Romania’s Activity in the Field of Public…

Bystroe Canal

 On 11 May 2004, Ukraine started the construction works at the Danube-Black Sea Canal (on the Chilia and Bystroe branches of the Danube Delta) and on 26 August 2004 it officially inaugurated the first stage. Construction work on the navigation canal was resumed in November 2006 and a part situated entirely on the Ukrainian territory began being used for navigation in April 2007.  

As soon as information on the Ukrainian project was released to the public, the Romanian party, through the Ministry of Foreign Affairs, started demarches in the bilateral relations to underline the necessity for the Ukrainian party to comply with international law.

The implementation by Ukraine of the Bystroe project violates the provisions of both various international conventions in the field of environment protection and of the bilateral agreements.

The position of the Ministry of Foreign Affairs, promoted at multilateral level through the mechanisms provided by various international conventions since 2003, is a balanced one, based on full respect of international law, good faith, openness and availability to dialogue. 

The demarches of the Romanian party were construed based on the two main components of this issue: environment and navigation.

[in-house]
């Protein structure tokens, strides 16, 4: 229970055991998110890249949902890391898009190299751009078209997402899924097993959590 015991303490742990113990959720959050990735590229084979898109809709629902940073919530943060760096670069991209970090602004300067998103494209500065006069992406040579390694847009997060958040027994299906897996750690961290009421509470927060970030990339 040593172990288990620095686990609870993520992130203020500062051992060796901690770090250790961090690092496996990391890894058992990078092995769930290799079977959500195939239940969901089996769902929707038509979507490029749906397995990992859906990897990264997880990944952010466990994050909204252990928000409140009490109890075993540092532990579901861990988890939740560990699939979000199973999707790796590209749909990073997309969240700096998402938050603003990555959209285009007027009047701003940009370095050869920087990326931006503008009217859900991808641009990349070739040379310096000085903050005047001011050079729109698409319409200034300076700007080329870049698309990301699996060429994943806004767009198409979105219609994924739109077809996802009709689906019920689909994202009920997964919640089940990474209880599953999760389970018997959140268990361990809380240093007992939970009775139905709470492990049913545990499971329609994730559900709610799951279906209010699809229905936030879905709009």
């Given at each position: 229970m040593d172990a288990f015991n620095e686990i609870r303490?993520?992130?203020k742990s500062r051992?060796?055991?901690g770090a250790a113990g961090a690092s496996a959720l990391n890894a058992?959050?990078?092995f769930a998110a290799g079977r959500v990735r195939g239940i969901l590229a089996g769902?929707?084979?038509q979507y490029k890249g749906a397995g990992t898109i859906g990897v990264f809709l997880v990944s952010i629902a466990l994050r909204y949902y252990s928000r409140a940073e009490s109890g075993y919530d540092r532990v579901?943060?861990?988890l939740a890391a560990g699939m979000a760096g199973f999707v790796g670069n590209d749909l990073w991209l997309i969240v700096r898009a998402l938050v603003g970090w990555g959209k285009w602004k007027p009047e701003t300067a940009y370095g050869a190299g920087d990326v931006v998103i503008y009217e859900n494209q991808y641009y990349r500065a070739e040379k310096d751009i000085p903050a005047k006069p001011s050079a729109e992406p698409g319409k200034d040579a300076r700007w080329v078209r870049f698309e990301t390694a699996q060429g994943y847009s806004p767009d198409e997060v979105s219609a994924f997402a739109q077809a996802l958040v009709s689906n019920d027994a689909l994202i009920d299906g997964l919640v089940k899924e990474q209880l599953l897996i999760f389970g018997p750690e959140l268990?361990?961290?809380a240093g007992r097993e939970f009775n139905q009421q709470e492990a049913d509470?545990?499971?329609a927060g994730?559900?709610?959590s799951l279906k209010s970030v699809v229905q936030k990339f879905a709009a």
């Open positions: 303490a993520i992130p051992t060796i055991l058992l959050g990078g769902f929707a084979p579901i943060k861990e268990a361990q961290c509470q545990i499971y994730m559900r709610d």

a) From the point of view of environment protection, the Ministry of Foreign Affairs acted consistently by asking for observance of the international conventions and recommendations so as to minimize the impact on the ecosystem of the Danube Delta. The positions promoted by the Romanian party were confirmed by the studies made by international organizations (Secretariat of the Bern Convention,  Secretariat of the Ramsar Convention, International Commission for the Protection of the Danube)

b) Regarding navigation, the Ministry of Foreign Affairs showed that the works on the Chilia branch must conform with the border regime. At the same time, it showed that the navigation regime established under the Belgrade Convention from 1948 must be taken into consideration on the Lower Danube segment.

The Ukrainian project was implemented in disregard of the negative reactions and the requests for suspending the works until their conformity with the international norms expressed by Romania, the European states, the European Commission, international organizations active in the field of environment protection and various nongovernmental organizations.

The consistent position of the Romanian party has been that Ukraine must abstain from any new works and start an open bilateral dialogue with a view to solving the issue according to international standards, considering the clear provisions of international conventions, especially the Espoo Convention, and the fact that the Bystroe canal is likely to exert a very adverse crossborder impact on the Danube Delta ecosystem. 

The Romania party shall continue the demarches at bilateral and multilateral level, in order to identify, together with the Ukrainian party, a solution to the Bystroe problem according to international norms in the field. Romania does not contest the right of Ukraine to take measures for the economic development of the country, but these measures must observe  the European standards and the norms of international law, according to the principle of sustainable development.